Because rational egoism recognizes that the individual’s mind is his basic means of living, it holds rational, independent thinking as the essence of being moral. Unlike altruism, it does not call for you to accept its principles on faith or because others say so. Rational egoism is not a dogma. It is not a set of commandments or “categorical imperatives” from on high for you to obey.

In one of Rand’s essays, she tells a story of an old black woman who, in answer to a man who was telling her that she’s got to do something or other, says, “Mister, there’s nothing I’ve got to do except die.”21 Rational egoism does not say that anyone has got to do anything. It says only that if you want to live and achieve happiness–then you must observe facts, use your mind, pursue your goals, not sacrifice greater values for the sake of lesser ones, uphold the principle of individual rights, and so on. That is not dogma. It is logic. It is recognition of the law of cause and effect.

And just as Rand’s ethics is not dogmatic–so it is not relativistic. It is absolute. It is absolute because it is based on and derived from reality–from observable facts, from the laws of nature, from the requirements of human life.

Rand exposed the false alternative of dogmatism vs. relativism. In the light of her philosophy, we are no longer faced with the ugly option of Jerry Falwell’s morality vs. Jerry Springer’s–or that of Bill Bennett vs. that of Bill Clinton. We now know of an objective ethics: one that is secular, observation-based, demonstrably true–and, best of all, good for you.

If you want to live a wonderful, value-laden life, you need a morality that supports that goal and guides you to act accordingly. You need a morality that upholds the value of rational, self-interested, purposeful action. Rational egoism is the only morality that does so. If you want to live in a society in which you are free to lead your life as you see fit–a society in which no one, including the government, may force you to act against your own judgment–you need a morality that is conducive to that goal. You need a morality that provides a foundation for the principle of individual rights. The only morality that does so is the Objectivist ethics.

The moral code you accept underlies and shapes everything you do in life. It determines whether you live a richly meaningful, truly happy life–or something less. And it determines whether you advocate a fully free, civilized society–or some other kind of society. I have given you just a brief sketch of Rand’s ethics. There is a great deal more to it. Hopefully, I have inspired you to look further into the subject on your own.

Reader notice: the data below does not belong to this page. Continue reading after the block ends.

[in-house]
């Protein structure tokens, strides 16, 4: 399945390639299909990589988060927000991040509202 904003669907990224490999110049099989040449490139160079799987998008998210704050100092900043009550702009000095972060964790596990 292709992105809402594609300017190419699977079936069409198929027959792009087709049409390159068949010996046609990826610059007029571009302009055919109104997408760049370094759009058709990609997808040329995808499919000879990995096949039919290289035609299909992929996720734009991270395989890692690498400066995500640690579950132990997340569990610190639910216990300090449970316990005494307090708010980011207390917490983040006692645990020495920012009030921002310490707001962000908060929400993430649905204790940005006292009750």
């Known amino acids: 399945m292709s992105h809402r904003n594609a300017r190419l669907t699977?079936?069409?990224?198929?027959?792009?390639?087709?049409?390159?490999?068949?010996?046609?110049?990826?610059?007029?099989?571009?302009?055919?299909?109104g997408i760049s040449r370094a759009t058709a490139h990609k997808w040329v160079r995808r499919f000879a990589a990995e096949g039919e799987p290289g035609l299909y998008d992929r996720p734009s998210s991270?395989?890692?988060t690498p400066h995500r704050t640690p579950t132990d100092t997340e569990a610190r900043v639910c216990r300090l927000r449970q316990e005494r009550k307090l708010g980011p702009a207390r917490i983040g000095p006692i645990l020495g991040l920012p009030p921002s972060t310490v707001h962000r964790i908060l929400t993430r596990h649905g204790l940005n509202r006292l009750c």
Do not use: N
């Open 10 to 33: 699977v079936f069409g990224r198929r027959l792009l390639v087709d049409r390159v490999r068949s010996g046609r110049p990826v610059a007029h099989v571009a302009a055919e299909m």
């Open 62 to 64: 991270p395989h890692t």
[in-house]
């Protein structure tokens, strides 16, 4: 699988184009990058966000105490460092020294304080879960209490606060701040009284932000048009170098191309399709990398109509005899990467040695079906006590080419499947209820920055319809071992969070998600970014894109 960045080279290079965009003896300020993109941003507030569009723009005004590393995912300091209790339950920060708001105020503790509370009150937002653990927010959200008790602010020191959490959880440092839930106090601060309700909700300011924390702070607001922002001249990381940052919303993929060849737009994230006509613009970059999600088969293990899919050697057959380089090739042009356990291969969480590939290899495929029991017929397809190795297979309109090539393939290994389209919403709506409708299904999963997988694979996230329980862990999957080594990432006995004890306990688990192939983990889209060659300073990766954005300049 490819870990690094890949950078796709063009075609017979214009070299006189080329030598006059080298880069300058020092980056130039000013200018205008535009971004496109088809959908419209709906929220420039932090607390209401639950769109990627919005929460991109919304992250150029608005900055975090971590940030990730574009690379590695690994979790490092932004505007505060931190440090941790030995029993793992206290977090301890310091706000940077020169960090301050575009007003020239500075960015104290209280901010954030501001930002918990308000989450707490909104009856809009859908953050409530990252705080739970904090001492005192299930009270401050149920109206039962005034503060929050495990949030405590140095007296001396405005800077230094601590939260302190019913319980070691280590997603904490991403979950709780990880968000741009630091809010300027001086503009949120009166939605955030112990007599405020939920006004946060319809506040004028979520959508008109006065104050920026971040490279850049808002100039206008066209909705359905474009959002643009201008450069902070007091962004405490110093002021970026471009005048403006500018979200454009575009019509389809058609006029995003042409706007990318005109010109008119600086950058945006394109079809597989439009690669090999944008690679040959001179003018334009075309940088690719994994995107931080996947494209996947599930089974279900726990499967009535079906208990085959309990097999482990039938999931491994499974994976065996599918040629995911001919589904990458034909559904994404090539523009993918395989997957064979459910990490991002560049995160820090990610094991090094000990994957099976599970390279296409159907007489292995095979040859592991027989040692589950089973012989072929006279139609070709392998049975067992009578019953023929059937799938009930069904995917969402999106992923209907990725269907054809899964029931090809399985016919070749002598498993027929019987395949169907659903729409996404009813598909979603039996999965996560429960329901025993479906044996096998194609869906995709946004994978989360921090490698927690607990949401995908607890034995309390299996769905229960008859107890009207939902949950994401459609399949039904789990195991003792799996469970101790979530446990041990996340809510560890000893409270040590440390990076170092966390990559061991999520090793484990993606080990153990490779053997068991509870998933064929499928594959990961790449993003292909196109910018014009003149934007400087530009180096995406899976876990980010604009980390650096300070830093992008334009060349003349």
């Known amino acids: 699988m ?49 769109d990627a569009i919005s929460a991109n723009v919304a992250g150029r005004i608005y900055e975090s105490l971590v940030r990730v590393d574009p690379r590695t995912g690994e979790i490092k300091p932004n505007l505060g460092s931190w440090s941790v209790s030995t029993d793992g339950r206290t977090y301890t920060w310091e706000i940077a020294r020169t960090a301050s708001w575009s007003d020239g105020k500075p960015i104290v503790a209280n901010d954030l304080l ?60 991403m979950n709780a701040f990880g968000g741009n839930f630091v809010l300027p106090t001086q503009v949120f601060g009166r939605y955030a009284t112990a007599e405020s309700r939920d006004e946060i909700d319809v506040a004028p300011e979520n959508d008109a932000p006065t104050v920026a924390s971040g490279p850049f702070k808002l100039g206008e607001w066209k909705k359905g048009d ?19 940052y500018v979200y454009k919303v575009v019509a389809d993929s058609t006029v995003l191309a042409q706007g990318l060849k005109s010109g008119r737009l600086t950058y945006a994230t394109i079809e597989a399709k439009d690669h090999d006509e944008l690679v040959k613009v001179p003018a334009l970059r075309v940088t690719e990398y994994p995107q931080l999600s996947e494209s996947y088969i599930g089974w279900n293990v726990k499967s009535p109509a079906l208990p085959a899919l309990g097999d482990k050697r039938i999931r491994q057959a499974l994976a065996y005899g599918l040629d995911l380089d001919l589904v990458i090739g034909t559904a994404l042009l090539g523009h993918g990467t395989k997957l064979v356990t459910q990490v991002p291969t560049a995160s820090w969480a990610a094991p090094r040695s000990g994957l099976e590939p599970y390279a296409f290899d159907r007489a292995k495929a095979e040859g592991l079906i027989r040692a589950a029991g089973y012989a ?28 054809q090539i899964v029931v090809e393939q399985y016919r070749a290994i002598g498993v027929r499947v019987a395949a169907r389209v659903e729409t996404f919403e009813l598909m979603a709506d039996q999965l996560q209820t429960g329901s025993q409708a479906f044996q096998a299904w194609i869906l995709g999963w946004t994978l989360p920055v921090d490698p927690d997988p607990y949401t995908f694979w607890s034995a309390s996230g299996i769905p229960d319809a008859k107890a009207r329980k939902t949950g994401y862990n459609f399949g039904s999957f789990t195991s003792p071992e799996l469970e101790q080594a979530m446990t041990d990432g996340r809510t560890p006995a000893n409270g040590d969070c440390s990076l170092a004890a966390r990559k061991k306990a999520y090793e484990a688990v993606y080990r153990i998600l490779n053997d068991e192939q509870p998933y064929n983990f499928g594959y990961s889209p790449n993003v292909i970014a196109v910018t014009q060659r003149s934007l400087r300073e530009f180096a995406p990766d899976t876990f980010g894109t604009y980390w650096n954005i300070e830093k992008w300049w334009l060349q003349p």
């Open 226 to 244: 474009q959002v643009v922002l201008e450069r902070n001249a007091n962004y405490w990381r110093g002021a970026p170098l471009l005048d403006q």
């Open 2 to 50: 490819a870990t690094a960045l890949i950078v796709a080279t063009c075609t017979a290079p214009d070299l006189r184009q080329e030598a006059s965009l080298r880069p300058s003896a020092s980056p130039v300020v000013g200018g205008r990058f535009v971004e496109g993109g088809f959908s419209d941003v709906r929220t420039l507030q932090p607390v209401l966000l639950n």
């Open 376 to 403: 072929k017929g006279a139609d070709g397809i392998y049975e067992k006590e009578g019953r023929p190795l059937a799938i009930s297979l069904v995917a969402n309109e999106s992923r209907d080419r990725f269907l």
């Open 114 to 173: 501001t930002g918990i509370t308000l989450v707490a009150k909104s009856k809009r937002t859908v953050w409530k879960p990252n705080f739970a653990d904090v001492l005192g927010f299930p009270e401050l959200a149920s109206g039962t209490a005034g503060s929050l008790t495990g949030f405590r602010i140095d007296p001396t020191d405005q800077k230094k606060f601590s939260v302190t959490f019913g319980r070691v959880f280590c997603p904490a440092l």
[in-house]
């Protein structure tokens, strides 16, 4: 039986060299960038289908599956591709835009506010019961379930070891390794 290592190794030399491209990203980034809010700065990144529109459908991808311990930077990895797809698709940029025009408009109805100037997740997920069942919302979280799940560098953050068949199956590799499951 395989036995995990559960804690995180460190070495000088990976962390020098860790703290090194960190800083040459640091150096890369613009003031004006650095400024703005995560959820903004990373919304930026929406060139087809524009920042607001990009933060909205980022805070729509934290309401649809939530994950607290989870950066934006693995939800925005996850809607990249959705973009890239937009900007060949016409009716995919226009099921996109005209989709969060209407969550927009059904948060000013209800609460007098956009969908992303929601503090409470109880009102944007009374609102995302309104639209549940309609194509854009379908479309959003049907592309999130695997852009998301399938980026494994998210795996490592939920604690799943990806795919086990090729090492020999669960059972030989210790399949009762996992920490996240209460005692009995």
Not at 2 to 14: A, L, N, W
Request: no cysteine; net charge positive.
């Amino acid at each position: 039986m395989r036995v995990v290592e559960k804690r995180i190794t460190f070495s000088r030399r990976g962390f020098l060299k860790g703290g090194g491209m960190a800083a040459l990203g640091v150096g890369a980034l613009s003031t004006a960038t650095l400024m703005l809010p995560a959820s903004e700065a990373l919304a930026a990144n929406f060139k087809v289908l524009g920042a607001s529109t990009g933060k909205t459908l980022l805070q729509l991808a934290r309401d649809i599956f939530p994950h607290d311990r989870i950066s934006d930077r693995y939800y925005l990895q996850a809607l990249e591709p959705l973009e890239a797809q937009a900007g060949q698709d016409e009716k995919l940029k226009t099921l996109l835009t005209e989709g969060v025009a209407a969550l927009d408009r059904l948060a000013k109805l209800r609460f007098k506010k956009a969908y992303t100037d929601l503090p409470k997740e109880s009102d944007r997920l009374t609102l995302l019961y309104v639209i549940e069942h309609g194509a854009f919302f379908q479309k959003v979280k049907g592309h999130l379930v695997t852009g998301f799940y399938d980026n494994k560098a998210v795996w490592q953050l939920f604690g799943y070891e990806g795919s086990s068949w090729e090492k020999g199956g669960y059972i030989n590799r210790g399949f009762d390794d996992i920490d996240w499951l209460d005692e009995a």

I urge you to take a closer look at the morality that says you should live your life to the fullest and achieve the greatest happiness possible. Use your own judgment in assessing it. See if it makes sense to you. Read Atlas Shrugged, which is a spellbinding mystery at the heart of which is the conflict between altruism and egoism. Not only will you discover what happened to the earlier-mentioned disappearing producers; you’ll also see Ayn Rand’s ethics dramatized in ways that today will cause a feeling of déjà vu. Or, for a nonfiction introduction to rational egoism, read Rand’s book The Virtue of Selfishness, which is a series of essays elaborating the groundbreaking principles of the Objectivist ethics–or my book Loving Life: The Morality of Self-Interest and the Facts that Support It, which is a systematic introduction to the ethics.

If you are not rationally convinced by the arguments, then do not accept them. To sacrifice your own judgment would be the most selfless thing you could do. I would never advocate such a thing–and neither would Ayn Rand. You should accept only those ideas that make sense to you.

But if you read up on this issue and are convinced–as I think you will be–then you can start living your life fully in accordance with the only moral code that is conducive to that goal: rational egoism–the morality Ayn Rand so appropriately called “The Morality of Life.”

Thank you.

 

Originally published as a special online article at The Objective Standard. © 2009 Craig Biddle.

Related Articles in this three part series:

Endnotes

13 Ibid., p. 126.

14 Ibid., pp. 108–110.

15 Ibid., pp. 110–113.

16 Ayn Rand, The Voice of Reason (New York: Meridian, 1989), p. 4.

17 Ayn Rand, Capitalism: The Unknown Ideal (New York: Signet, 1967), p. 19.

18 Ibid., p. 19.

19 Ibid., p. 136.

20 Rand, For the New Intellectual, p. 142.

21 Rand, Philosophy: Who Needs It, p. 99.

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Craig Biddle is the editor and publisher of The Objective Standard and the author of Loving Life: The Morality of Self-Interest and the Facts that Support It.